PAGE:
When he had offered (προσενεγκας). Second aorist active participle (with first aorist ending -ας in place of -ον) of προσφερω, single act in contrast to present participle προσφερων above.
One sacrifice (μιαν θυσιαν). This the main point. The one sacrifice does the work that the many failed to do. One wonders how priests who claim that the “mass” is the sacrifice of Christ’s body repeated explain this verse.
For ever (εις το διηνεκες). Can be construed either with μιαν θυσιαν or with εκαθισεν (sat down). See for εκαθισεν.
What White thinks is a “horrific misrepresentation” and “plainly . . . associated with the offering” Robertson thinks “can” indeed be properly applied to describing Jesus’ sitting down at the right hand of the Father. White can say he knows Greek, but Robertson is the Greek expert and scholar, and so any reasonable person would defer to him.
And not only that; we also have the evidence of no less than 14 non-Catholic Bible translations, which apply “forever” or similar concepts in the way that White decries and blasts as a supposed outrage:
Tyndale (1526) . . . sat him doune for ever on the right honde of god
Bishops’ Bible (1568). . . is sit downe for euer on the ryght hande of God:
Geneva Bible (1587) . . . sitteth for euer at the right hand of God,
Moffatt . . . then seated himself for all time at the right hand of God.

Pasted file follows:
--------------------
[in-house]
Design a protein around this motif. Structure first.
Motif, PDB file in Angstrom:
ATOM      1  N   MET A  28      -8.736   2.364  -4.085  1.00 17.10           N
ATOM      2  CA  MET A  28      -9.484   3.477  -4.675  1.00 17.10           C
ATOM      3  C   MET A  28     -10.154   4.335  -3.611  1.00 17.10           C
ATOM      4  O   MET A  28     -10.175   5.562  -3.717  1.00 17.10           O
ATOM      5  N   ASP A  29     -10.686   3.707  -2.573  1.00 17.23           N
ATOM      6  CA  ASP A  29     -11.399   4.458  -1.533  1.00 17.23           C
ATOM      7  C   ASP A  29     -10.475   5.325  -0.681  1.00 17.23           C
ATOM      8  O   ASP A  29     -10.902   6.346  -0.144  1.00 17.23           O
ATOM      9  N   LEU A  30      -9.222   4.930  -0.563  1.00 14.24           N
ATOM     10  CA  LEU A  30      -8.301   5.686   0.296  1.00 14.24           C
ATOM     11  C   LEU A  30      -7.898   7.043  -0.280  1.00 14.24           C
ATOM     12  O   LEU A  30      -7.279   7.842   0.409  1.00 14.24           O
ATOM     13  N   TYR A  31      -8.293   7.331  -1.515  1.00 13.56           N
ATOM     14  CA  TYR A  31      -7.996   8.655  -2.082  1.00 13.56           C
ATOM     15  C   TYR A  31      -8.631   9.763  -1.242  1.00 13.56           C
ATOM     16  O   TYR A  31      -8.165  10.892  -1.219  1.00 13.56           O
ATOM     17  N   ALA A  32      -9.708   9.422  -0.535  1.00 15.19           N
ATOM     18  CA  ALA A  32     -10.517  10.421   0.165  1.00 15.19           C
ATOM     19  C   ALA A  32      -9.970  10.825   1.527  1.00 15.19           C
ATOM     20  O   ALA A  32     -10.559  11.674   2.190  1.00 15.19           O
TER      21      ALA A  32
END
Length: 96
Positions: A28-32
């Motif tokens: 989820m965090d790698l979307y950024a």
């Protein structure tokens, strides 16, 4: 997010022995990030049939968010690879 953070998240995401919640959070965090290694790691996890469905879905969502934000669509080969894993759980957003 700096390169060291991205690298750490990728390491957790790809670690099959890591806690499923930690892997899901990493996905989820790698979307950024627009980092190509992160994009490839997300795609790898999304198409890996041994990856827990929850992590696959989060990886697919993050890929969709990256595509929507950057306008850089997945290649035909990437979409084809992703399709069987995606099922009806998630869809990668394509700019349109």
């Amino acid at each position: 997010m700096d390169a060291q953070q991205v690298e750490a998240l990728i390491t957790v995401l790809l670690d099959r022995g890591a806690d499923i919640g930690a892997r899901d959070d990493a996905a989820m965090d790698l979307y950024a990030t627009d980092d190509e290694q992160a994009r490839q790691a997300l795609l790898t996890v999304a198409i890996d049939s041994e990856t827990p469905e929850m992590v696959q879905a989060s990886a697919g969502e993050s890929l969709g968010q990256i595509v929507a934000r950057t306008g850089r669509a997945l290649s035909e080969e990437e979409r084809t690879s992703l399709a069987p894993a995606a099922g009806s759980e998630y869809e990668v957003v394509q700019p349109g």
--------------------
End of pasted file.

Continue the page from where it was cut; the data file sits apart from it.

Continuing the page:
Williams . . . and once for all took His seat at God’s right hand.
Wuest . . . sat down in perpetuity on the right hand of God.
Darby . . . at down in perpetuity at [the] right hand of God,
Lamsa . . . sat down on the right hand of God for ever.
Webster . . . for ever sat down on the right hand of God;
Anderson . . . he himself sits continually at the right hand of God,
Godbey . . . forever sat down on the right hand of God;
Haweis . . . for ever hath seated himself at the right hand of God;
Mace . . . sat down on the right hand of God for ever:
Worsley . . . is for ever sat down at the right hand of God;
None of these fourteen are “using a translation of a translation of a translation.” They worked from Hebrew and Greek texts, and not the Latin Vulgate (which is what Catholic versions, till the last fifty years, did). And they all concluded (agreeing with Robertson’s opinion) that “forever” could be applied as it was in their versions. None have a “Catholic bias.”
If they do not, and can translate this way, then by analogy so can Catholic versions like Douay-Rheims, without being falsely and absurdly accused by Bishop “Dr.” [???] White of offering “horrific” renderings of the original, because of Catholic bias (or the original Greek passed through an “intermediate” Latin). Thus, White’s argument collapses.
The supposed “Doctor” then goes on to boilerplate polemics against Catholicism for the rest of his article. I have no interest in that (nor should anyone else who is interested in rational and objective, fair-minded argument). I have disposed of the heart and essence of his contention, which is vacant and false.
Photo credit: “Don’t stretch the truth, Bishop White!” Photo from the mid- to late-1990s.
Summary: Bishop “Dr.” [???] James White tries to make a mountain of a molehill: trashing Catholic translations of Hebrews 10:12. I cite a Baptist linguist & 14 non-Catholic translations against him.